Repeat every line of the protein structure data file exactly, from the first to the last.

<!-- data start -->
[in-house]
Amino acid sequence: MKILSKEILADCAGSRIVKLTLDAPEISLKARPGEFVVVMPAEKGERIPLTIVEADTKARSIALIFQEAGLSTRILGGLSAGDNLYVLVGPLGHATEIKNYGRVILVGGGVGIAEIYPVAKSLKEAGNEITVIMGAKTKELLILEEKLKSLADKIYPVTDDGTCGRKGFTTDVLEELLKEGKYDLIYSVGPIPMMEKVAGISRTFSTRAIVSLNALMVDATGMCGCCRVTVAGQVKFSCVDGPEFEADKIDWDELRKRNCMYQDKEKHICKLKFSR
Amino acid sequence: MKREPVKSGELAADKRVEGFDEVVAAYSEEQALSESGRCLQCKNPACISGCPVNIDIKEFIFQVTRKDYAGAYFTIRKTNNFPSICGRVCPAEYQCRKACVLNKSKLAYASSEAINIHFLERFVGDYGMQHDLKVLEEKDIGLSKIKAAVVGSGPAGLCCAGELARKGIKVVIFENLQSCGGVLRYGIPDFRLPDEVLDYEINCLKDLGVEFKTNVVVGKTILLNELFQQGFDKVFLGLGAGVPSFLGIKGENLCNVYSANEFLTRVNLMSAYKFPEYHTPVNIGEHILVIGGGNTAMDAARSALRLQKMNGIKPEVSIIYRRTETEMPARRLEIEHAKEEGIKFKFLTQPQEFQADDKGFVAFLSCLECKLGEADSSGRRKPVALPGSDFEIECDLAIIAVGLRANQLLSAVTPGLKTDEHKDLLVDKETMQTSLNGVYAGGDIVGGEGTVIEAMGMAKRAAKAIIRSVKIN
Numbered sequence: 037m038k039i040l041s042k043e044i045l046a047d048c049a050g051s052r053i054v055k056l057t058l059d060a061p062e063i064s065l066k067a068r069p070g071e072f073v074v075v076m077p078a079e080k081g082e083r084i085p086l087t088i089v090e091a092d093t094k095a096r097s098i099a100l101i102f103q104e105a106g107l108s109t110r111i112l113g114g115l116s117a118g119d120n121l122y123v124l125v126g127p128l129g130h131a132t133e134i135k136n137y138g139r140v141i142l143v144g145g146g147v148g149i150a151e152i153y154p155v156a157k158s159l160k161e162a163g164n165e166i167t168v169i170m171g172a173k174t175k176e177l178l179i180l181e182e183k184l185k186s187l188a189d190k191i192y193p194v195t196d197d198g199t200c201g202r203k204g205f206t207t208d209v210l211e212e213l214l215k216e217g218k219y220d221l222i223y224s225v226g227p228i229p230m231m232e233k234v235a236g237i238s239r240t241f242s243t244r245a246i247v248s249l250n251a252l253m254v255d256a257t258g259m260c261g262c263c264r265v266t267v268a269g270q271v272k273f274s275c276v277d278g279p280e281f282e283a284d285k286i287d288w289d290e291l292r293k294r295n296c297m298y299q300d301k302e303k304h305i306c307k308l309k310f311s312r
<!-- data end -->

[in-house]
Amino acid sequence: MKILSKEILADCAGSRIVKLTLDAPEISLKARPGEFVVVMPAEKGERIPLTIVEADTKARSIALIFQEAGLSTRILGGLSAGDNLYVLVGPLGHATEIKNYGRVILVGGGVGIAEIYPVAKSLKEAGNEITVIMGAKTKELLILEEKLKSLADKIYPVTDDGTCGRKGFTTDVLEELLKEGKYDLIYSVGPIPMMEKVAGISRTFSTRAIVSLNALMVDATGMCGCCRVTVAGQVKFSCVDGPEFEADKIDWDELRKRNCMYQDKEKHICKLKFSR
Amino acid sequence: MKREPVKSGELAADKRVEGFDEVVAAYSEEQALSESGRCLQCKNPACISGCPVNIDIKEFIFQVTRKDYAGAYFTIRKTNNFPSICGRVCPAEYQCRKACVLNKSKLAYASSEAINIHFLERFVGDYGMQHDLKVLEEKDIGLSKIKAAVVGSGPAGLCCAGELARKGIKVVIFENLQSCGGVLRYGIPDFRLPDEVLDYEINCLKDLGVEFKTNVVVGKTILLNELFQQGFDKVFLGLGAGVPSFLGIKGENLCNVYSANEFLTRVNLMSAYKFPEYHTPVNIGEHILVIGGGNTAMDAARSALRLQKMNGIKPEVSIIYRRTETEMPARRLEIEHAKEEGIKFKFLTQPQEFQADDKGFVAFLSCLECKLGEADSSGRRKPVALPGSDFEIECDLAIIAVGLRANQLLSAVTPGLKTDEHKDLLVDKETMQTSLNGVYAGGDIVGGEGTVIEAMGMAKRAAKAIIRSVKIN
Numbered sequence: 037m038k039i040l041s042k043e044i045l046a047d048c049a050g051s052r053i054v055k056l057t058l059d060a061p062e063i064s065l066k067a068r069p070g071e072f073v074v075v076m077p078a079e080k081g082e083r084i085p086l087t088i089v090e091a092d093t094k095a096r097s098i099a100l101i102f103q104e105a106g107l108s109t110r111i112l113g114g115l116s117a118g119d120n121l122y123v124l125v126g127p128l129g130h131a132t133e134i135k136n137y138g139r140v141i142l143v144g145g146g147v148g149i150a151e152i153y154p155v156a157k158s159l160k161e162a163g164n165e166i167t168v169i170m171g172a173k174t175k176e177l178l179i180l181e182e183k184l185k186s187l188a189d190k191i192y193p194v195t196d197d198g199t200c201g202r203k204g205f206t207t208d209v210l211e212e213l214l215k216e217g218k219y220d221l222i223y224s225v226g227p228i229p230m231m232e233k234v235a236g237i238s239r240t241f242s243t244r245a246i247v248s249l250n251a252l253m254v255d256a257t258g259m260c261g262c263c264r265v266t267v268a269g270q271v272k273f274s275c276v277d278g279p280e281f282e283a284d285k286i287d288w289d290e291l292r293k294r295n296c297m298y299q300d301k302e303k304h305i306c307k308l309k310f311s312r